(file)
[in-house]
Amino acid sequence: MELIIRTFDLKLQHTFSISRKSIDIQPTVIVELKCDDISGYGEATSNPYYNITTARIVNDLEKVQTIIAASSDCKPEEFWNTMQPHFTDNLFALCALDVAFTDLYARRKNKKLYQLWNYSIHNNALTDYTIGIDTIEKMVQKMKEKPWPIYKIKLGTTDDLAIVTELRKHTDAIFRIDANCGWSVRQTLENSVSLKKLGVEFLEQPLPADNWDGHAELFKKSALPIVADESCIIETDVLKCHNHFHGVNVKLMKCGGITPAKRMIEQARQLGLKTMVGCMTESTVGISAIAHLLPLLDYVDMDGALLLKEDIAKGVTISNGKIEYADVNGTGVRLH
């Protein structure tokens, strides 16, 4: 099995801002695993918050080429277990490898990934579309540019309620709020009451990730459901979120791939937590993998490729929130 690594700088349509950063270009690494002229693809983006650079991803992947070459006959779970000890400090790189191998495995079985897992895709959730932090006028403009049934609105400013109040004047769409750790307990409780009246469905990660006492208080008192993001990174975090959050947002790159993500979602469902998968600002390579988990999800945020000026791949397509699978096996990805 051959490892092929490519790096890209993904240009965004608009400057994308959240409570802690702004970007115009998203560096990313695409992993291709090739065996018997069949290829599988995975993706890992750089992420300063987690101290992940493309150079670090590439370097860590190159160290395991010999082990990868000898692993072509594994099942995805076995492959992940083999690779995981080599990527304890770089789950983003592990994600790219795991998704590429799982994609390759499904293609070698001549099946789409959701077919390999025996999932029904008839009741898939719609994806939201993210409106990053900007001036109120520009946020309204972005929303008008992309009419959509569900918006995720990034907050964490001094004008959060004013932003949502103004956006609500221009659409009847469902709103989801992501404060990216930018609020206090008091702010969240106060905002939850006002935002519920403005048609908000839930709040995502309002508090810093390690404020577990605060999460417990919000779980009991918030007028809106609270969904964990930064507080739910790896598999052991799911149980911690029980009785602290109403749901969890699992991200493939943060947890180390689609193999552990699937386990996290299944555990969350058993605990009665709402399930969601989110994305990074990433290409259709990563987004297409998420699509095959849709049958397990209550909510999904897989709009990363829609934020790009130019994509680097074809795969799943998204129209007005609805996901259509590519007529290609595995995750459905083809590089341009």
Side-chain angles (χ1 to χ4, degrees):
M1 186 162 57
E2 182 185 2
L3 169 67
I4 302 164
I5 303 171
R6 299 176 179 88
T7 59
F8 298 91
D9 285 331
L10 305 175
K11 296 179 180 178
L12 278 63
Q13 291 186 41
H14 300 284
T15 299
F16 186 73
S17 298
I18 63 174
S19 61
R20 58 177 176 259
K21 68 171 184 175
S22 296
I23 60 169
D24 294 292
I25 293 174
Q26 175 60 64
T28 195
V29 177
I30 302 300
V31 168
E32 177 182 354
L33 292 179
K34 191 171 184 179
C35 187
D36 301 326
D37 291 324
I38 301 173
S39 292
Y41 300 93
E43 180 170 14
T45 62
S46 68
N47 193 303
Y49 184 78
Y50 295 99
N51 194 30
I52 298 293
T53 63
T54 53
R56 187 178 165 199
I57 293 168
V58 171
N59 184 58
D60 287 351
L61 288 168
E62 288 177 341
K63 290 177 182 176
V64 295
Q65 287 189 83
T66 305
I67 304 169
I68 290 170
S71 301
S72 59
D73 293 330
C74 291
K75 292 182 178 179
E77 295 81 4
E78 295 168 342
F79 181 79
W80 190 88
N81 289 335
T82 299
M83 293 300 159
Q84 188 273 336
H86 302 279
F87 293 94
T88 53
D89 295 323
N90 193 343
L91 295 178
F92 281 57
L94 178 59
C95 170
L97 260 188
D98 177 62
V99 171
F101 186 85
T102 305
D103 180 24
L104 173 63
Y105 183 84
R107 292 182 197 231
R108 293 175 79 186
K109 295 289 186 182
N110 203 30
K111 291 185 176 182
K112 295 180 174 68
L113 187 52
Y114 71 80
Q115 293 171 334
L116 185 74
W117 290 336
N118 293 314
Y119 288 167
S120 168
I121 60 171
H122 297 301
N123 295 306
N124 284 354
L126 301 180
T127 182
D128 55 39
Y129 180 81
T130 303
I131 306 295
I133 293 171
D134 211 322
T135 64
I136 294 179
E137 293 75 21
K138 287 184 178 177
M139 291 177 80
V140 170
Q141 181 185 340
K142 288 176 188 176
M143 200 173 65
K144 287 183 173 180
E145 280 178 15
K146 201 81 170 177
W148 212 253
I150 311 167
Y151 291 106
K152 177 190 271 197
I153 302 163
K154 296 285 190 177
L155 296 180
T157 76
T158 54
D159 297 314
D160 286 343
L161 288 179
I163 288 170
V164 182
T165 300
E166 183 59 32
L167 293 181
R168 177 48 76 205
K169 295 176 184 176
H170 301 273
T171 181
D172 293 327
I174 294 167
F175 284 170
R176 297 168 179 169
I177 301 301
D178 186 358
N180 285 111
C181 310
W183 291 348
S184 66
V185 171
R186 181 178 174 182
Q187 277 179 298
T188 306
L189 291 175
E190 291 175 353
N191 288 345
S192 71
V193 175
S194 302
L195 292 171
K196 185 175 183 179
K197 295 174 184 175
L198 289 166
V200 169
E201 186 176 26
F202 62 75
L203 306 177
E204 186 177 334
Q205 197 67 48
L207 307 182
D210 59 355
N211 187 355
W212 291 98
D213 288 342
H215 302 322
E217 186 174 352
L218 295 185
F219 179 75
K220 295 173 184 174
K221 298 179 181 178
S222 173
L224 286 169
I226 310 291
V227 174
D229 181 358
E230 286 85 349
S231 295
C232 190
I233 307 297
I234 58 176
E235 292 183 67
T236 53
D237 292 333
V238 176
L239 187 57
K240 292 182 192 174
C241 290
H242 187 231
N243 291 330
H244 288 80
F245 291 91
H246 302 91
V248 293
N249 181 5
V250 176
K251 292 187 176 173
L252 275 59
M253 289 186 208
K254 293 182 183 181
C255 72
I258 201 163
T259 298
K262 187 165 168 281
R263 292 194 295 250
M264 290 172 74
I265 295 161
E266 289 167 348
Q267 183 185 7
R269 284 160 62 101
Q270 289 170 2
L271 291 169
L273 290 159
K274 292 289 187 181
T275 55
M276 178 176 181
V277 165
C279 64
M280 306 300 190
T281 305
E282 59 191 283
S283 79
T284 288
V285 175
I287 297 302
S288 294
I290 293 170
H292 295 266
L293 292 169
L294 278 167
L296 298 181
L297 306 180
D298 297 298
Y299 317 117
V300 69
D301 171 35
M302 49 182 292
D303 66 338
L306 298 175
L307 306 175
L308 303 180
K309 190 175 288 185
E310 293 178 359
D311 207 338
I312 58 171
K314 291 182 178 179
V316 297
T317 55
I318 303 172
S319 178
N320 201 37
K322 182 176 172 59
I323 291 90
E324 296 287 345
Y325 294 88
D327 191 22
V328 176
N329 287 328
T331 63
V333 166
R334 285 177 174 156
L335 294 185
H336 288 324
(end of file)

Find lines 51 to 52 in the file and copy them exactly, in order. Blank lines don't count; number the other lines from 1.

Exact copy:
I52 298 293
T53 63